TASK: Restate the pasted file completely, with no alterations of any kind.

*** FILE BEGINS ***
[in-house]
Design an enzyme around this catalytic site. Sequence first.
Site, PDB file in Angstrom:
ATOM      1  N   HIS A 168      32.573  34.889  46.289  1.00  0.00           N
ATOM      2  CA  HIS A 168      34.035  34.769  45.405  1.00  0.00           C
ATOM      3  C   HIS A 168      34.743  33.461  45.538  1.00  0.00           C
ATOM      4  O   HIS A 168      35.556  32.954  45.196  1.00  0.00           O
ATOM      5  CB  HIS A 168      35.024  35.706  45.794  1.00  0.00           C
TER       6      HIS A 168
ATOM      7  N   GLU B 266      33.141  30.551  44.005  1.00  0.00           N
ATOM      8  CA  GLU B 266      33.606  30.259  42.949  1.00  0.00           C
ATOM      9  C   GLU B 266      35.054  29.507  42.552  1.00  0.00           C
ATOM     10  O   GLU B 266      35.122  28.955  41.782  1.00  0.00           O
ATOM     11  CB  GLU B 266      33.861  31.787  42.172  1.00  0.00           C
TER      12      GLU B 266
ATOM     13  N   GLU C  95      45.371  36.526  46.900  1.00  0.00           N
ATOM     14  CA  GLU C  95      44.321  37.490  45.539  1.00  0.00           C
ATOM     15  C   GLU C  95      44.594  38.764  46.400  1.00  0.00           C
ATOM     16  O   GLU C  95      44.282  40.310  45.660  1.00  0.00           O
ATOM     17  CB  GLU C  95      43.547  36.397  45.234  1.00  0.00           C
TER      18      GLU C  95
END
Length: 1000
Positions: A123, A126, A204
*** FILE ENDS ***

[in-house]
Design an enzyme around this catalytic site. Sequence first.
Site, PDB file in Angstrom:
ATOM      1  N   HIS A 168      32.573  34.889  46.289  1.00  0.00           N
ATOM      2  CA  HIS A 168      34.035  34.769  45.405  1.00  0.00           C
ATOM      3  C   HIS A 168      34.743  33.461  45.538  1.00  0.00           C
ATOM      4  O   HIS A 168      35.556  32.954  45.196  1.00  0.00           O
ATOM      5  CB  HIS A 168      35.024  35.706  45.794  1.00  0.00           C
TER       6      HIS A 168
ATOM      7  N   GLU B 266      33.141  30.551  44.005  1.00  0.00           N
ATOM      8  CA  GLU B 266      33.606  30.259  42.949  1.00  0.00           C
ATOM      9  C   GLU B 266      35.054  29.507  42.552  1.00  0.00           C
ATOM     10  O   GLU B 266      35.122  28.955  41.782  1.00  0.00           O
ATOM     11  CB  GLU B 266      33.861  31.787  42.172  1.00  0.00           C
TER      12      GLU B 266
ATOM     13  N   GLU C  95      45.371  36.526  46.900  1.00  0.00           N
ATOM     14  CA  GLU C  95      44.321  37.490  45.539  1.00  0.00           C
ATOM     15  C   GLU C  95      44.594  38.764  46.400  1.00  0.00           C
ATOM     16  O   GLU C  95      44.282  40.310  45.660  1.00  0.00           O
ATOM     17  CB  GLU C  95      43.547  36.397  45.234  1.00  0.00           C
TER      18      GLU C  95
END
Length: 1000
Positions: A123, A126, A204